“President Trump was still serving his term in office when the documents at issue were packed, transported, and delivered to his residence in Palm Beach, Florida,” the Trump team wrote.
“Thus, when he made a designation decision, he was President of the United States; his decision to retain certain records as personal is entitled to deference, and the records in question are thus presumptively personal," Trump's lawyers wrote.
The Justice Department, for its part, accused the Trump team of "gamesmanship" and said that Trump was not entitled to claim as personal records documents that were clearly presidential. It also argued that Trump could not invoke executive privilege, a legal principle that permits the president to keep information secret to protect the confidentiality of presidential decision-making, as a way to now block the FBI from reviewing certain records.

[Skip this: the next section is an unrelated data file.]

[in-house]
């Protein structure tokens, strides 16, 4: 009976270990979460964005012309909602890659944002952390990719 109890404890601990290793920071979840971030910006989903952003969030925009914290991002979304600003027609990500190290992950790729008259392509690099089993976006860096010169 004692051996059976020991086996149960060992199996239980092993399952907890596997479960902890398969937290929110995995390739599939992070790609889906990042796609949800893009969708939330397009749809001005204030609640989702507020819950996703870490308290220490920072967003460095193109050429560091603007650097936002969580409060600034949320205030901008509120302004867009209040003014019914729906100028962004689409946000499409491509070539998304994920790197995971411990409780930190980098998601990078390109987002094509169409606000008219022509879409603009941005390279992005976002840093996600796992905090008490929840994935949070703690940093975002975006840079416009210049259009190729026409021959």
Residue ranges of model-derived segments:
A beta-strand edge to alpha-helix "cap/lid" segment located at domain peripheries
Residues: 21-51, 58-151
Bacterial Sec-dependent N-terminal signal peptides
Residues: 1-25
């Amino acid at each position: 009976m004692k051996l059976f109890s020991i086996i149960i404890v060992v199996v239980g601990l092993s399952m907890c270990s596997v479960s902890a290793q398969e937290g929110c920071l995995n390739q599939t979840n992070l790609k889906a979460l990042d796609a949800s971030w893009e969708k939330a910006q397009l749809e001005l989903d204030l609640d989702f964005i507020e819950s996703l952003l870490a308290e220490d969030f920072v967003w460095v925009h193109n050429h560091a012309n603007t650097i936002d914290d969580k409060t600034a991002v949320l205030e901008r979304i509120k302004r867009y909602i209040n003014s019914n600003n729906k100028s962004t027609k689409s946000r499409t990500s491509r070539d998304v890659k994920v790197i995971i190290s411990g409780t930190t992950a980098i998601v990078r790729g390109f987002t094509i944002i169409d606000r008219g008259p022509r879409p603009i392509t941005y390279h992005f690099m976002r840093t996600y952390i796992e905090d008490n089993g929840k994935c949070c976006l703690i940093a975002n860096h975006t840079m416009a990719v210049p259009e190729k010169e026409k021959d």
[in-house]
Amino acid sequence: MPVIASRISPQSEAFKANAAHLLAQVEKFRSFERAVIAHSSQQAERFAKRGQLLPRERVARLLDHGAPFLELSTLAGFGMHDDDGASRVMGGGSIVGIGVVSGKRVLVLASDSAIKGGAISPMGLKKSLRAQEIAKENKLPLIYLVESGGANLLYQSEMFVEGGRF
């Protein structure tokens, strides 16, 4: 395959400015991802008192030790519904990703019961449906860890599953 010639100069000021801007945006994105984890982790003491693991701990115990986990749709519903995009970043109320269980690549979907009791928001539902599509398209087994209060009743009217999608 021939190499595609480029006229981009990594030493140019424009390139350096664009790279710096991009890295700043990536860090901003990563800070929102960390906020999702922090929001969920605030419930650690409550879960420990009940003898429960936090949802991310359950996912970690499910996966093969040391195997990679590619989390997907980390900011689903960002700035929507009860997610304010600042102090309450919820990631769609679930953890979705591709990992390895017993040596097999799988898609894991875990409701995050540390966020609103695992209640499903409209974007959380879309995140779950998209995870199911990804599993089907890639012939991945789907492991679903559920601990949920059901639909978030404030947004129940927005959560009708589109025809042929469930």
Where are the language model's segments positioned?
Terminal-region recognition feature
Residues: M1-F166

The FBI seized roughly 13,000 documents during its search of Mar-a-Lago, including about 100 with classification markings.
A federal appeals court in September lifted a judge's hold on the Justice Department's ability to use the classified documents as part of its criminal investigation, but department lawyers want to be able to review the unclassified records as well because they say they may contain evidence of a crime.
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